Right now that isn't going to happen. Should it?

Transit


Find out your personal Metro on-time stats with this tool

When you look at Metro's on-time statistics, do you feel like they don't match up with your own experience? Today, you can look at the hard data with the new "MyTripTime" tool.


Screenshot of the author's three-month travel summary.

MyTripTime on-time scores are calculated by comparing actual travel times—when customers tap in and out with a registered SmarTrip card—to the amount of time that trip should take when service is running normally.

To access your personal data, you must have a registered SmarTrip card.

  1. Log in to your account.
  2. Click the relevant card (you probably only have one)
  3. There is a box on the right that says "manage your account"
  4. Click "My Trip Time Dashboard" that also has a "New!" flair and it should pop up.
If you have a SmarTrip card, you can see your travel time summary even your card isn't registered. You just need to create a new account on smartrip.wmata.com and link it to your card.

Our contributors' performances have ranged from 58% to 91%. What's yours?

Photography


Here are the answers to whichWMATA week 88

On Tuesday, we posted our eighty-eighth challenge to see how well you knew Metro. I took photos of five Metro stations. Here are the answers. How well did you do?

This week, we got 27 guesses. Eleven got all five right. Great work, Peter K, JamesDCane, Stephen C, Solomon, J-Train-21, Justin..., AlexC, RBAP, Ampersand, dpod, and We Will Crush Peter K!


Image 1: Federal Triangle

This week, each of the pictures featured a Metro elevator at street level. To solve the quiz, you needed to identify the surroundings visible in the background.

The first image shows the elevator at Federal Triangle. The Federal Triangle complex is visible in the background, and is a fairly iconic building. The curved facade could have been a help, since the entrance to Federal Triangle is in a semi-circular area west of 12th Street. Had the Old Post Office been torn down, as envisioned, a the opposite side of the street would also have a semi-circular facade.

Twenty-four got this right.


Image 2: New Carrollton

The second image shows the escalator canopy and pedestrian bridge at the west (Harkins Road) entrance to New Carrollton station. This canopy is unique in the system, so some of you may have figured it out that way. The bridge in the background leads to the IRS building. We've featured it before in week 21 and week 63.

Twelve made the correct choice.


Image 3: Pentagon City

This picture shows the elevator at Pentagon City. The tower in the background is the Ritz Carlton hotel. If you look closely, just below the elevator canopy, you can see a portion of the Nordstrom sign. There aren't many Nordstroms in the region, so that would have been a useful way to narrow this down.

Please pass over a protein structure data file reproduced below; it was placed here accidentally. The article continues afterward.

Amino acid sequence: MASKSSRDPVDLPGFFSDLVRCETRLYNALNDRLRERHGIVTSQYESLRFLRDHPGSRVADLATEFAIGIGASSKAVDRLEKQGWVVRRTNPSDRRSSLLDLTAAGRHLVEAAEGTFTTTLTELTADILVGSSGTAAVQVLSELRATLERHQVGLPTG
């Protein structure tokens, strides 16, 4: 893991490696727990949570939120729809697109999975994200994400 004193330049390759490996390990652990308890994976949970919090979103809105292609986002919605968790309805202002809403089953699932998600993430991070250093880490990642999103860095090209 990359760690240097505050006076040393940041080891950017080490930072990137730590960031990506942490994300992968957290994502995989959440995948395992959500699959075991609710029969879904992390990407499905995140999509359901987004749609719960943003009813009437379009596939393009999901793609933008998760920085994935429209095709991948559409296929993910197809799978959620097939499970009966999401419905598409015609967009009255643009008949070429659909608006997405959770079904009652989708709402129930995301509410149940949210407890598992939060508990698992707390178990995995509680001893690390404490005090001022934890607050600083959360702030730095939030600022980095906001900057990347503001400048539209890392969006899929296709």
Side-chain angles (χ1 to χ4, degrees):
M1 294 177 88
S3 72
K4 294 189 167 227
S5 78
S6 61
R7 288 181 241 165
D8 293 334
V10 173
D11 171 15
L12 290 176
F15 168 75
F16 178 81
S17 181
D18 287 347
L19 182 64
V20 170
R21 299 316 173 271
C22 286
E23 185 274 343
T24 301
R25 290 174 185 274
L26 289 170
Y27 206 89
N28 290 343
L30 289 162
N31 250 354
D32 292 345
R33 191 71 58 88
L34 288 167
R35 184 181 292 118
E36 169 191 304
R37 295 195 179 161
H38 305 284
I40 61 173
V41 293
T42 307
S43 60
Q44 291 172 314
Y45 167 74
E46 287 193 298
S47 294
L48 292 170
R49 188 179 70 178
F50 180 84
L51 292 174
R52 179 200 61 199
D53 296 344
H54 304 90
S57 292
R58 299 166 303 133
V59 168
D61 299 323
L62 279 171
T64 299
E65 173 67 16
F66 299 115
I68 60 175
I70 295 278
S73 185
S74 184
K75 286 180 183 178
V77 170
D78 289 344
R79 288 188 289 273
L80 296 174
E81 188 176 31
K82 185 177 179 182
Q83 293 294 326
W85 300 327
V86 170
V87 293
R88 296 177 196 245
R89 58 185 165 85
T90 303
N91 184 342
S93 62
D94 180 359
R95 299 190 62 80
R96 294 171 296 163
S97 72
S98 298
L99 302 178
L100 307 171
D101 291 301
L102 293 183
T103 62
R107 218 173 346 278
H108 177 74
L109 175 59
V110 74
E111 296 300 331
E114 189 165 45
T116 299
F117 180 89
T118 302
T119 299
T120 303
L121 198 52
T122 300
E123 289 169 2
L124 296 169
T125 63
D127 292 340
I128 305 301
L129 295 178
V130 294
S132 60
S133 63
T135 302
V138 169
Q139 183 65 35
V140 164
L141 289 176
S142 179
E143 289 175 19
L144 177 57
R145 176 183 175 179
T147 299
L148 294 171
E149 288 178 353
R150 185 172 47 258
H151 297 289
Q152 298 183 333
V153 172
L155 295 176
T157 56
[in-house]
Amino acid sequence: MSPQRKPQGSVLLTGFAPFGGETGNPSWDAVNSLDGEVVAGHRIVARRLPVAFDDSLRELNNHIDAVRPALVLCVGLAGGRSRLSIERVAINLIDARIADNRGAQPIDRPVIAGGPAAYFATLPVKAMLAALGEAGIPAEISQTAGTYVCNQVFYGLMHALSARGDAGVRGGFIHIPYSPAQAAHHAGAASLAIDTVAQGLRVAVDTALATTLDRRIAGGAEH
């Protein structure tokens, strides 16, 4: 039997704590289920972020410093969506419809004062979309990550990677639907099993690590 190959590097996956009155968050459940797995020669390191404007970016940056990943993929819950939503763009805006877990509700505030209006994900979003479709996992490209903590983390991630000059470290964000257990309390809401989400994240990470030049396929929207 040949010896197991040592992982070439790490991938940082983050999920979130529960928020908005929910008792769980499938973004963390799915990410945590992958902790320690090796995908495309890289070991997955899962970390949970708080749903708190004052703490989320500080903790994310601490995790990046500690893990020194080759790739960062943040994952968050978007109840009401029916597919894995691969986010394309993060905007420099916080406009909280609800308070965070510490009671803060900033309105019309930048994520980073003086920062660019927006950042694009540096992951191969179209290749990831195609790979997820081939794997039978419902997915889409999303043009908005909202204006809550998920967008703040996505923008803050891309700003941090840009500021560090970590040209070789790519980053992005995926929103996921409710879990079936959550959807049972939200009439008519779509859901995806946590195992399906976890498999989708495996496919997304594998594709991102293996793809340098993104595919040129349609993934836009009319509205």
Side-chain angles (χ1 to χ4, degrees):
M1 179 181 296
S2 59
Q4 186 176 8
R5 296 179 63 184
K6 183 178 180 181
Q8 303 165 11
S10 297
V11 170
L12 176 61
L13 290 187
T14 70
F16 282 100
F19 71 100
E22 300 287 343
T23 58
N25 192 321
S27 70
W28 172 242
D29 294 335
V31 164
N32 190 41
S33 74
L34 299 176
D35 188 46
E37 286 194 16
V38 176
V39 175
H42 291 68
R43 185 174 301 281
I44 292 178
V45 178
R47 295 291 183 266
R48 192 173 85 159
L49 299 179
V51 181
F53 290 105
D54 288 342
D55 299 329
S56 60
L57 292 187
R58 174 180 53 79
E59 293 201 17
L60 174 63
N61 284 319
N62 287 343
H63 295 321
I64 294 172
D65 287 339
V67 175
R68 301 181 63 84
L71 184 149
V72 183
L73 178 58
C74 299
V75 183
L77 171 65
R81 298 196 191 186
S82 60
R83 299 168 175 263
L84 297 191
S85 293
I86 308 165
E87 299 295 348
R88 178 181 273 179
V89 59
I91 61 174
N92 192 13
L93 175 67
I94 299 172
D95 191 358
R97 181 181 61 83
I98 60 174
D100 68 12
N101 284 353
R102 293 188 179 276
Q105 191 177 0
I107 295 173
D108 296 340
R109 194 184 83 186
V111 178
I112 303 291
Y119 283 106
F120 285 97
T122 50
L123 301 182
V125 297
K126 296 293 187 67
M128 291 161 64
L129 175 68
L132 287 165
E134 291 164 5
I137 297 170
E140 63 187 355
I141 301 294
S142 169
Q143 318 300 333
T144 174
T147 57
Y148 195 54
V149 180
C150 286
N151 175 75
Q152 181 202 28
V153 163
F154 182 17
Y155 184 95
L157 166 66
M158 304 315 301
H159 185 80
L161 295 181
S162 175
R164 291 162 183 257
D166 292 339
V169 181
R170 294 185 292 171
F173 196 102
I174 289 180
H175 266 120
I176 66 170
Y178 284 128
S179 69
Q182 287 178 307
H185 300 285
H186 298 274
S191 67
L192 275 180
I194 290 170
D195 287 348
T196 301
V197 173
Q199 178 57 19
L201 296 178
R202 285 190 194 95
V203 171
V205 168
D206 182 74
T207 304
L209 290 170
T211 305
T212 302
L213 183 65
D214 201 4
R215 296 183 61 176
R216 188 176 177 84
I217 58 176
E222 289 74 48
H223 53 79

Seventeen guessed correctly.


Image 4: Archives

The fourth image shows the corner of 7th and Indiana NW entrance at Archives. The red brick building is fairly iconic, and adds texture to the area. The Starbucks logo helped at least one person narrow it down, but the easiest way was simply to recognize the building. Nineteen did.


Image 5: Farragut West

Finally, the last image shows the facade of 1875 Eye Street, also known as International Square. The building towers over the 18th Street entrance to Farragut West, including the elevator entrance. It opened in 1979, just two years after the Metro station. The blocky nature of the building and it's height was a clue to look in DC. But like image number 4, recognition was the easiest solution.

Thirteen came to the correct conclusion.

Thanks for playing! We'll be back the second Tuesday in August with week 89.

Information about contest rules, submission guidelines, and a leaderboard is available at http://ggwash.org/whichwmata.

Politics


You could be an ANC commissioner, and as a reader of this blog, you really should think about it

DC's Advisory Neighborhood Commissioners have a thankless but important job. For no pay, they advise on thousands of neighborhood-level decisions a year: everything from whether or not that restaurant can serve liquor, to whether or not that building is going to meet the needs of the neighborhood. You should consider running. If you're elected, you'll make a difference in your corner of town.


Photo by stu_spivack on Flickr.

DC is split into 299 single member districts (SMDs) organized into 40 Advisory Neighborhood Commissions (ANCs). By design, each SMD (which are supposed to encompass around 2,000 residents) elects one commissioner to represent their interests. ANCs meet regularly to decide on many community level decisions, including development decisions and permitting.

ANCs have a strangely powerful but also powerless role in DC politics and development. They technically do not have political authority, and instead their opinions and resolutions are given a legal "great weight" that other DC agencies are supposed to (and most often do) respect and follow.

That being said, there are some areas where an ANC's great weight is more influential than others. In the development field, for example, any changes to current regulations must go through the ANC for public input, and because commissioners control these proceedings, they wield significant amounts of power. Commissioners help to broker agreements, and moderate their forum as a place for public debate and negotiation.

ANC elections are non-partisan, and open to any DC resident who has lived in their neighborhood for at least 60 days before petitions are due. It is relatively simple to get your name on the ballot: you only need to collect 25 signatures from your neighbors to qualify. Because of the relative low visibility of these positions and elections, these races are decided by very small amounts of votes—30 votes can sway an election. In ANC races, every vote really counts.